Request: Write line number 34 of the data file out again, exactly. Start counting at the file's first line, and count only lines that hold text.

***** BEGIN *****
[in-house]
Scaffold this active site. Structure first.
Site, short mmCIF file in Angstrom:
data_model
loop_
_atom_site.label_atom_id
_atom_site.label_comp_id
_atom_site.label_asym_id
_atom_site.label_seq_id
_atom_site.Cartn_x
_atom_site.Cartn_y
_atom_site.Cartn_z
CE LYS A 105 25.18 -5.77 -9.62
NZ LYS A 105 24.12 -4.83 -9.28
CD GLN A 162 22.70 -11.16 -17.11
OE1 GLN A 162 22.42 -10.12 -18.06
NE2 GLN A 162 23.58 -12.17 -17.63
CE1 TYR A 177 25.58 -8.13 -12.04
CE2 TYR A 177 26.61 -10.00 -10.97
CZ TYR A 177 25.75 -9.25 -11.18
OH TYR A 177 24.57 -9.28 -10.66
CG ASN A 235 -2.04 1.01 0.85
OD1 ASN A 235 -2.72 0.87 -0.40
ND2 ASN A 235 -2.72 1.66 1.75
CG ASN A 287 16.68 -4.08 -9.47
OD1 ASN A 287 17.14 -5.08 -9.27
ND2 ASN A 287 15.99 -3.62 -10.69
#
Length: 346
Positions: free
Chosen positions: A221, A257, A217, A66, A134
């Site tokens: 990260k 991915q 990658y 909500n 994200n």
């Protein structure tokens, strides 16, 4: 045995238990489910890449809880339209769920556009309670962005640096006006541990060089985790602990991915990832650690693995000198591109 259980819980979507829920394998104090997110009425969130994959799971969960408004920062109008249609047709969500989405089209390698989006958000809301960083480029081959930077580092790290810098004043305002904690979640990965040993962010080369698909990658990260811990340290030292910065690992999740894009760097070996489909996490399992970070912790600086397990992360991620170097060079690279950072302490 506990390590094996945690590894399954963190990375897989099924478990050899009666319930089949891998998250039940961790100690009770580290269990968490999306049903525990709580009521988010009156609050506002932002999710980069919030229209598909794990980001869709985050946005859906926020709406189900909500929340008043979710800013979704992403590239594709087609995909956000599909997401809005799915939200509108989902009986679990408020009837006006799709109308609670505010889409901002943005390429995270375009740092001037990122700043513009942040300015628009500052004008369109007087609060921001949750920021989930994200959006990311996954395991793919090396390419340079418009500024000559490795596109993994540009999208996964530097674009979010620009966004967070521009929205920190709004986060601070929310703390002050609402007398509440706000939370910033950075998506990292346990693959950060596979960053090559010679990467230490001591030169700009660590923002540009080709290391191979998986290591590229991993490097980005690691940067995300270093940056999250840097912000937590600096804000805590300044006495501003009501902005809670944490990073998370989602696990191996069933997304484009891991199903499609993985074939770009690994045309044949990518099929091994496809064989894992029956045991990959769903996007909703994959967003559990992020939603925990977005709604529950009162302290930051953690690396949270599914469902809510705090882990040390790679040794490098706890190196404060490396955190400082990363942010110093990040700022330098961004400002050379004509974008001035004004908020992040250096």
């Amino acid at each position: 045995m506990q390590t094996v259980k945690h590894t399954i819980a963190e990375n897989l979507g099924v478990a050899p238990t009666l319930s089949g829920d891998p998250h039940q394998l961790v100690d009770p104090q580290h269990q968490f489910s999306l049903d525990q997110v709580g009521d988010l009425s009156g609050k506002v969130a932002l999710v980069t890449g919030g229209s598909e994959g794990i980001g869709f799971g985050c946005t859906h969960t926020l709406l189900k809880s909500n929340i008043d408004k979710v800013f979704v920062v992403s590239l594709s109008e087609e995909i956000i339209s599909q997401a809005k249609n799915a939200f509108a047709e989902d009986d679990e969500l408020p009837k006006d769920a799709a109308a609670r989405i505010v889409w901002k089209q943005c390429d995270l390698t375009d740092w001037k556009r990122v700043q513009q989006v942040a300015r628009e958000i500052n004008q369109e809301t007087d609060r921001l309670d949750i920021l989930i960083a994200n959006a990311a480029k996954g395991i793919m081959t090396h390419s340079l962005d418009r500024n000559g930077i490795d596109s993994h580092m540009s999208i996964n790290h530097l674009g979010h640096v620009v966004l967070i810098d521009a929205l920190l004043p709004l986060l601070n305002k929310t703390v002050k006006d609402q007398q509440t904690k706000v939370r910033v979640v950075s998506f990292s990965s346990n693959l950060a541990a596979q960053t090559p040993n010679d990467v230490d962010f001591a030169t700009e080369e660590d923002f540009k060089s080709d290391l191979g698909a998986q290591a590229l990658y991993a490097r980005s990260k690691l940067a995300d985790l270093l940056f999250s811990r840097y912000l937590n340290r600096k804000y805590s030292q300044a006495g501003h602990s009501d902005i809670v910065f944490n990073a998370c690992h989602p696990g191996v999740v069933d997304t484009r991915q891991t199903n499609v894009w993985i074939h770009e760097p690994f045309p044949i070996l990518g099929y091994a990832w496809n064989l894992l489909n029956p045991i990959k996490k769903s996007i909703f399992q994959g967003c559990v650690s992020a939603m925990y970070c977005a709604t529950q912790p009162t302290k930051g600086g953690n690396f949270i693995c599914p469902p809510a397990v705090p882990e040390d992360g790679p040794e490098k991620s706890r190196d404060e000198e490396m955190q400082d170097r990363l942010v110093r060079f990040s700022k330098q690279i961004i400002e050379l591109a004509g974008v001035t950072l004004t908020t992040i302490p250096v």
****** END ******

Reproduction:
């Amino acid at each position: 045995m506990q390590t094996v259980k945690h590894t399954i819980a963190e990375n897989l979507g099924v478990a050899p238990t009666l319930s089949g829920d891998p998250h039940q394998l961790v100690d009770p104090q580290h269990q968490f489910s999306l049903d525990q997110v709580g009521d988010l009425s009156g609050k506002v969130a932002l999710v980069t890449g919030g229209s598909e994959g794990i980001g869709f799971g985050c946005t859906h969960t926020l709406l189900k809880s909500n929340i008043d408004k979710v800013f979704v920062v992403s590239l594709s109008e087609e995909i956000i339209s599909q997401a809005k249609n799915a939200f509108a047709e989902d009986d679990e969500l408020p009837k006006d769920a799709a109308a609670r989405i505010v889409w901002k089209q943005c390429d995270l390698t375009d740092w001037k556009r990122v700043q513009q989006v942040a300015r628009e958000i500052n004008q369109e809301t007087d609060r921001l309670d949750i920021l989930i960083a994200n959006a990311a480029k996954g395991i793919m081959t090396h390419s340079l962005d418009r500024n000559g930077i490795d596109s993994h580092m540009s999208i996964n790290h530097l674009g979010h640096v620009v966004l967070i810098d521009a929205l920190l004043p709004l986060l601070n305002k929310t703390v002050k006006d609402q007398q509440t904690k706000v939370r910033v979640v950075s998506f990292s990965s346990n693959l950060a541990a596979q960053t090559p040993n010679d990467v230490d962010f001591a030169t700009e080369e660590d923002f540009k060089s080709d290391l191979g698909a998986q290591a590229l990658y991993a490097r980005s990260k690691l940067a995300d985790l270093l940056f999250s811990r840097y912000l937590n340290r600096k804000y805590s030292q300044a006495g501003h602990s009501d902005i809670v910065f944490n990073a998370c690992h989602p696990g191996v999740v069933d997304t484009r991915q891991t199903n499609v894009w993985i074939h770009e760097p690994f045309p044949i070996l990518g099929y091994a990832w496809n064989l894992l489909n029956p045991i990959k996490k769903s996007i909703f399992q994959g967003c559990v650690s992020a939603m925990y970070c977005a709604t529950q912790p009162t302290k930051g600086g953690n690396f949270i693995c599914p469902p809510a397990v705090p882990e040390d992360g790679p040794e490098k991620s706890r190196d404060e000198e490396m955190q400082d170097r990363l942010v110093r060079f990040s700022k330098q690279i961004i400002e050379l591109a004509g974008v001035t950072l004004t908020t992040i302490p250096v």